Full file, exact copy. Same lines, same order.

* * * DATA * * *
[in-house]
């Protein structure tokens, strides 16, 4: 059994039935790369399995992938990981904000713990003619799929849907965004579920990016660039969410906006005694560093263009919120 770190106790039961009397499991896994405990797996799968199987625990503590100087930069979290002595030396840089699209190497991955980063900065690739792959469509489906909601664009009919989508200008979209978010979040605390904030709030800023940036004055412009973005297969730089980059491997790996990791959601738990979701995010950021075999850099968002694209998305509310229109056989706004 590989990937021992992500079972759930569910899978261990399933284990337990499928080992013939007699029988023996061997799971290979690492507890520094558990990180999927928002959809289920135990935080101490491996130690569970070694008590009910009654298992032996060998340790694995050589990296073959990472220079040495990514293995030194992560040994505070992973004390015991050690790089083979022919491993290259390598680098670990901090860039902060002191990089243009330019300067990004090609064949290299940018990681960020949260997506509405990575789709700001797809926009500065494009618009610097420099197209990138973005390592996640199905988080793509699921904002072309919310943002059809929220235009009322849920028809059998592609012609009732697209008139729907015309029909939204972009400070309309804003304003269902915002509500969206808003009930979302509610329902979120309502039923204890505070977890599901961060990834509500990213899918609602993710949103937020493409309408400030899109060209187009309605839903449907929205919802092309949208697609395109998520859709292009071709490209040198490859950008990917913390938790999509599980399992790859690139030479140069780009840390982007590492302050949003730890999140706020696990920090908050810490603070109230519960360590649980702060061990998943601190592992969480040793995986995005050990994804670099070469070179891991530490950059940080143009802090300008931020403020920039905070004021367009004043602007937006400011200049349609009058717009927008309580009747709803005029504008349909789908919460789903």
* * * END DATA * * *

[in-house]
């Protein structure tokens, strides 16, 4: 059994039935790369399995992938990981904000713990003619799929849907965004579920990016660039969410906006005694560093263009919120 770190106790039961009397499991896994405990797996799968199987625990503590100087930069979290002595030396840089699209190497991955980063900065690739792959469509489906909601664009009919989508200008979209978010979040605390904030709030800023940036004055412009973005297969730089980059491997790996990791959601738990979701995010950021075999850099968002694209998305509310229109056989706004 590989990937021992992500079972759930569910899978261990399933284990337990499928080992013939007699029988023996061997799971290979690492507890520094558990990180999927928002959809289920135990935080101490491996130690569970070694008590009910009654298992032996060998340790694995050589990296073959990472220079040495990514293995030194992560040994505070992973004390015991050690790089083979022919491993290259390598680098670990901090860039902060002191990089243009330019300067990004090609064949290299940018990681960020949260997506509405990575789709700001797809926009500065494009618009610097420099197209990138973005390592996640199905988080793509699921904002072309919310943002059809929220235009009322849920028809059998592609012609009732697209008139729907015309029909939204972009400070309309804003304003269902915002509500969206808003009930979302509610329902979120309502039923204890505070977890599901961060990834509500990213899918609602993710949103937020493409309408400030899109060209187009309605839903449907929205919802092309949208697609395109998520859709292009071709490209040198490859950008990917913390938790999509599980399992790859690139030479140069780009840390982007590492302050949003730890999140706020696990920090908050810490603070109230519960360590649980702060061990998943601190592992969480040793995986995005050990994804670099070469070179891991530490950059940080143009802090300008931020403020920039905070004021367009004043602007937006400011200049349609009058717009927008309580009747709803005029504008349909789908919460789903």